I developed rare form of arthritis during my A-Levels – I woke up feeling like I’d been struck by LIGHTNING

I developed rare form of arthritis during my A-Levels – I woke up feeling like I’d been struck by LIGHTNING

A WOMAN who was diagnosed with a rare form of arthritis as a teenager said it was like being “struck by lightning”.

Kate Liberty, 24, was studying for her A-Levels when she felt “lightning-like” pains in her lower back that shot down to her legs.

Shooting in pains in Kate's legs sparked worry of something serious with doctors
Shooting in pains in Kate’s legs sparked worry of something serious with doctors

Despite initially brushing them off as nothing serious, she decided to see a doctor when they began happening daily.

Blood tests at her GP surgery revealed she had high levels of inflammation.

She was then referred for exploratory scans at the Royal Glamorgan Hospital, South Wales.

Kate was told she had rare condition known as ankylosing spondylitis — a form of arthritis which leads to the spine fusing — when she was just 18-years-old.


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Kate told Wales Online: “It was initially quite a shock but I was lucky to be diagnosed within six months of experiencing symptoms.

“I know it can take years for some people to receive their diagnosis.

“I had been going through an extremely tough time at home while studying for my A-Levels and the diagnosis was another added stress.

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“At first, I felt very alone and my family and friends didn’t understand what I was going through.”

Kate, from Llantrisant, Rhondda Cynon Taf, Wales, said ankylosing spondylitis is a progressive condition and is likely to see her mobility deteriorate over time. 

When she has so-called “pain days” she needs help with everyday tasks like getting dressed.

Kate said: “I get a lot of my pain at night when I’m trying to sleep.

“About three or four hours into my sleep I have to get up or try and sleep sitting up because my back aches a lot when I lie on it for too long.

“I get the shooting pain when I’m going from in a seated position to standing up. 

“When I’m having a really bad day I do have to rely on my husband for many things – and I do feel like I lose my independence.”

Kate said it took a while to accept that she had the disease, particularly as she had her mind on her upcoming exams

She also had some family issues at home which she said were “well beyond my control”.

Kate said: “Being diagnosed at 18 was also difficult because that’s when all my friends started going to all the bars and nightclubs in Cardiff.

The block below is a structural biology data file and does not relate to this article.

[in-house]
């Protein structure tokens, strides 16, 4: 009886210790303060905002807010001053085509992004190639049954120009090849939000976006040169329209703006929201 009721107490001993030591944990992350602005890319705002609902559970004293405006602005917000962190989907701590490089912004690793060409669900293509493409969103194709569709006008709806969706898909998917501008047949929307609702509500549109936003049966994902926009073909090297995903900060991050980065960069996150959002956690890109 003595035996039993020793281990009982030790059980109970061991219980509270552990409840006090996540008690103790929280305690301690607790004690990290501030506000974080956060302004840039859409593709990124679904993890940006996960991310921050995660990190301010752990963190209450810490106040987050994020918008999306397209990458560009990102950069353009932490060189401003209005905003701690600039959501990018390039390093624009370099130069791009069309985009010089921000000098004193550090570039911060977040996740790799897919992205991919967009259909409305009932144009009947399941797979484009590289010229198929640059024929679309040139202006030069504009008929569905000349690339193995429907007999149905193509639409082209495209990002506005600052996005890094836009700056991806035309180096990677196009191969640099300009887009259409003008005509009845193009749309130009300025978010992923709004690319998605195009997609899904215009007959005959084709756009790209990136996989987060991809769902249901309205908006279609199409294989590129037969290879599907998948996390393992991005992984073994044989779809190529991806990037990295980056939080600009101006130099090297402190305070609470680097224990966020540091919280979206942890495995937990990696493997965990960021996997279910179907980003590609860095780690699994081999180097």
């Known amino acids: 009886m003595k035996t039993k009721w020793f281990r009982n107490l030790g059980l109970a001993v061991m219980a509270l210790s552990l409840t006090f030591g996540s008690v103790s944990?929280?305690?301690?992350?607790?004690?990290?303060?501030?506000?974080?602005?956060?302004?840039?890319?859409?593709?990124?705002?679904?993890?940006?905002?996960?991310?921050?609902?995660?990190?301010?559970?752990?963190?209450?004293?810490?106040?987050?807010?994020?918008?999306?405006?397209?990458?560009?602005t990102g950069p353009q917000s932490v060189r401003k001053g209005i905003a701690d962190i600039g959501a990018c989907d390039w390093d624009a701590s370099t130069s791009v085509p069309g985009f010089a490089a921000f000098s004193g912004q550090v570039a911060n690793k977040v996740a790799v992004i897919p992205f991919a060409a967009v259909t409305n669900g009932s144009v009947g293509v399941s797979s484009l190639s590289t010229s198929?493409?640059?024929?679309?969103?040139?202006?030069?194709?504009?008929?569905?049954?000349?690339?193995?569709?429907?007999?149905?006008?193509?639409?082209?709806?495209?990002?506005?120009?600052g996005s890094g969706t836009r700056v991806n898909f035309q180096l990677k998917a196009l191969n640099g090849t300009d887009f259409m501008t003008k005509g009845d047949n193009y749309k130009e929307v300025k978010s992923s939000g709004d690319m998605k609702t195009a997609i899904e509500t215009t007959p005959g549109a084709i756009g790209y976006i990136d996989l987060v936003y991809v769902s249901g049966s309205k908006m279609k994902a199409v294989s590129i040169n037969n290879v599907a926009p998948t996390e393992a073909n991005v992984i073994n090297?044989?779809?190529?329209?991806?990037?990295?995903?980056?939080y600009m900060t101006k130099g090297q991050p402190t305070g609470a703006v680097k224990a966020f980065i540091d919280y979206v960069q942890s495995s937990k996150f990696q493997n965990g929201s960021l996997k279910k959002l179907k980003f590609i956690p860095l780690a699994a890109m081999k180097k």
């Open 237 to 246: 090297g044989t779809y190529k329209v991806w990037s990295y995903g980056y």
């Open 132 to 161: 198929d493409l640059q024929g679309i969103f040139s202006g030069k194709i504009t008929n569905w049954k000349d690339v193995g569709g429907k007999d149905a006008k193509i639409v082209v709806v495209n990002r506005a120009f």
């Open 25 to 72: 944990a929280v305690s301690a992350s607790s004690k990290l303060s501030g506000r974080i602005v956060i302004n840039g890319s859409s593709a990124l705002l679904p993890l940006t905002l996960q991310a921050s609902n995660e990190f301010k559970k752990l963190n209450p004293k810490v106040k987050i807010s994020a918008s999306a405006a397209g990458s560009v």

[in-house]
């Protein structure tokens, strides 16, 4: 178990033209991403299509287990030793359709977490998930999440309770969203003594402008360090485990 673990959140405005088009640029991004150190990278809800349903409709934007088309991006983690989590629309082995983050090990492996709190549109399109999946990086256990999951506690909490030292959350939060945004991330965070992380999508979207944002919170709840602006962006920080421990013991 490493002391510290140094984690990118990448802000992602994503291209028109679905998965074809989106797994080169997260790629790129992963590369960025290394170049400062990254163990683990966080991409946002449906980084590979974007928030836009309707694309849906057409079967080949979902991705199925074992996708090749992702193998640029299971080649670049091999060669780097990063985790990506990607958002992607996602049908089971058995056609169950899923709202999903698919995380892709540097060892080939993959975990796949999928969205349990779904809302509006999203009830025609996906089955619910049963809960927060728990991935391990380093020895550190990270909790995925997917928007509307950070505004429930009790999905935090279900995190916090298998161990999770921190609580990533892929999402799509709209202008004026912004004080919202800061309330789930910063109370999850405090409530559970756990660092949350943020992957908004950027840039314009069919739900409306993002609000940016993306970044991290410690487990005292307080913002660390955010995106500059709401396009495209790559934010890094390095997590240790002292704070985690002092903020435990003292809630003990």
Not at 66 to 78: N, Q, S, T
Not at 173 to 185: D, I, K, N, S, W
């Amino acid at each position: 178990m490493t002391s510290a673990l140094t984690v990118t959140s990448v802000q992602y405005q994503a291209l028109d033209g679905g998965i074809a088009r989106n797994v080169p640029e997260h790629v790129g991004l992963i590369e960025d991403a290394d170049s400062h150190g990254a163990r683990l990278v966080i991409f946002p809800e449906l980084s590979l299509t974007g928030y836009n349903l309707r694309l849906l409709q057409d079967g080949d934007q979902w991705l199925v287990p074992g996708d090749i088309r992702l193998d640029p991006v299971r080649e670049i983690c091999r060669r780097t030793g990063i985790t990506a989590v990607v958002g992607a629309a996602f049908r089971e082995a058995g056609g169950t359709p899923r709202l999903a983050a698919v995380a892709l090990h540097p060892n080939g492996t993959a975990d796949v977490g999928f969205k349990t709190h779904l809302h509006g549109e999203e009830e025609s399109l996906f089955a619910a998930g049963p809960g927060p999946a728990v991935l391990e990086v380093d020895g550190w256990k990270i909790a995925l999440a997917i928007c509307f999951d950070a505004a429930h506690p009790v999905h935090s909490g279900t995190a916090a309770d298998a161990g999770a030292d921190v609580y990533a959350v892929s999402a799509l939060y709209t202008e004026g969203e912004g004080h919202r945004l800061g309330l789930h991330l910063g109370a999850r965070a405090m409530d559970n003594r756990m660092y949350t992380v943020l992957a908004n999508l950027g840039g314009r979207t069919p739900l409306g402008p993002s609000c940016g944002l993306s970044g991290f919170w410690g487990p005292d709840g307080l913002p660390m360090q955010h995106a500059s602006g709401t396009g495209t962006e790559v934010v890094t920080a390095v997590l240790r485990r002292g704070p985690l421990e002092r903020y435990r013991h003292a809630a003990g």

“But I just felt really uncomfortable going out because I just knew that I’d be in pain and I wouldn’t enjoy it.

“I felt like I lost out on a lot of memories with my friends before they all went off to university.”

Over time, Kate says her condition is likely to cause her more pain. 

It is likely her bones in her lower back will start of fuse and form new bones which could affect her mobility.

Kate said: “But I’m really lucky that I live in a time where there are lots of new medical treatments available for people like me.

She said that there is also a stigma attached to her invisible illness.

Kate said: “For instance, if I was on a train I’d be embarrassed to ask for a seat from someone. 

“People often wonder how I can have arthritis when I’m so young.

“I didn’t really get a lot of support from anyone in school, it just came from my really close friends, my mum, my auntie and my then boyfriend who has now become my husband.”

After Kate was diagnosed she discovered that her grandfather, who had died when she was only four years old, had also lived with ankylosing spondylitis for much of his life.

In addition to her ankylosing spondylitis, Kate found out that she has Crohn’s disease, a common complication from ankylosing spondylitis as both are auto-immune disorders. 

Despite her chronic ill health, Kate has decided to take part in the Walk Your AS Off Challenge to help raise money for the National Axial Spondyloarthritis Society (NASS). 

She aims to walk 10,000 steps each day in May.

Kate added: “I want to give back to this fantastic charity that has offered me so much advice over the last six years and be able to help fund other people who are perhaps newly-diagnosed and need that support.

“I really want to raise awareness for the disease because I hadn’t heard of it before it was diagnosed, and pretty much everyone I’ve spoken to has never heard of it either.”

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She also has an Instagram account which has helped her connect with other people with similar conditions.

To donate to her GoFundMe page here

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Alex Barton

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